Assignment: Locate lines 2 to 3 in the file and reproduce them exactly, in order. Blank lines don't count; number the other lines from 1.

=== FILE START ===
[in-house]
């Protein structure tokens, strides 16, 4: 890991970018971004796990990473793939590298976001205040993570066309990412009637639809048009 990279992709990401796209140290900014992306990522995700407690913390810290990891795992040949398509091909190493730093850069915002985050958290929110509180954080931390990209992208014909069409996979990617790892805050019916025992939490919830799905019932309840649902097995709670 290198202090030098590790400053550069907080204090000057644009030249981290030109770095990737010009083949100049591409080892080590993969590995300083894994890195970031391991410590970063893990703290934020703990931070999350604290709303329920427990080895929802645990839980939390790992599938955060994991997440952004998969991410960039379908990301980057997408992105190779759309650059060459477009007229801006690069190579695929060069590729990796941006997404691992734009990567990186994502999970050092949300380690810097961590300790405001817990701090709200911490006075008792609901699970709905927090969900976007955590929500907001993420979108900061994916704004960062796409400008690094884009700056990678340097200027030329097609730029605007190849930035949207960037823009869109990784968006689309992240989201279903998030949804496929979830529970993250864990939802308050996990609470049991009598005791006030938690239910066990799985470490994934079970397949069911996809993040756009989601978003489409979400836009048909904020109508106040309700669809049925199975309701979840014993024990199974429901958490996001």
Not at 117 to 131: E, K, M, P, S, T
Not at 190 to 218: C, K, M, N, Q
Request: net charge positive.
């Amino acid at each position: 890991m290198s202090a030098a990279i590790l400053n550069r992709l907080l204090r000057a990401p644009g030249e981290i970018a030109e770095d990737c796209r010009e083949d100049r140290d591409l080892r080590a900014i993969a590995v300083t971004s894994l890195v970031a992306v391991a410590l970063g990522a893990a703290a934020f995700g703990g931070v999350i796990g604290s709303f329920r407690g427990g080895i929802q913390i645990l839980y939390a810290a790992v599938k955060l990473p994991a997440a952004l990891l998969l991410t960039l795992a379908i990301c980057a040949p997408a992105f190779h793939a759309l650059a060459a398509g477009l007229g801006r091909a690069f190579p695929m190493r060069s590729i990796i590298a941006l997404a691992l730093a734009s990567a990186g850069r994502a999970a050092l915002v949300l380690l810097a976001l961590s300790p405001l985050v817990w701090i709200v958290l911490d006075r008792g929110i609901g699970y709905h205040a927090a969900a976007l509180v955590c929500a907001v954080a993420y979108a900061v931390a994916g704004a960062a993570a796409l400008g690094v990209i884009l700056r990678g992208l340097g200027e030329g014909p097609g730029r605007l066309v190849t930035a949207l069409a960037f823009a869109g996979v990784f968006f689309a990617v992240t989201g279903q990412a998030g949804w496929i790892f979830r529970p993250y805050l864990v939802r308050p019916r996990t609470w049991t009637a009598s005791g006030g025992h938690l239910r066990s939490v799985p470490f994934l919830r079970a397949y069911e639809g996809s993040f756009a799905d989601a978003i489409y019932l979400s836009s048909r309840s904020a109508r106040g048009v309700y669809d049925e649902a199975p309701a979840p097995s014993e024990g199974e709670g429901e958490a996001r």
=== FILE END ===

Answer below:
């Protein structure tokens, strides 16, 4: 890991970018971004796990990473793939590298976001205040993570066309990412009637639809048009 990279992709990401796209140290900014992306990522995700407690913390810290990891795992040949398509091909190493730093850069915002985050958290929110509180954080931390990209992208014909069409996979990617790892805050019916025992939490919830799905019932309840649902097995709670 290198202090030098590790400053550069907080204090000057644009030249981290030109770095990737010009083949100049591409080892080590993969590995300083894994890195970031391991410590970063893990703290934020703990931070999350604290709303329920427990080895929802645990839980939390790992599938955060994991997440952004998969991410960039379908990301980057997408992105190779759309650059060459477009007229801006690069190579695929060069590729990796941006997404691992734009990567990186994502999970050092949300380690810097961590300790405001817990701090709200911490006075008792609901699970709905927090969900976007955590929500907001993420979108900061994916704004960062796409400008690094884009700056990678340097200027030329097609730029605007190849930035949207960037823009869109990784968006689309992240989201279903998030949804496929979830529970993250864990939802308050996990609470049991009598005791006030938690239910066990799985470490994934079970397949069911996809993040756009989601978003489409979400836009048909904020109508106040309700669809049925199975309701979840014993024990199974429901958490996001």
Not at 117 to 131: E, K, M, P, S, T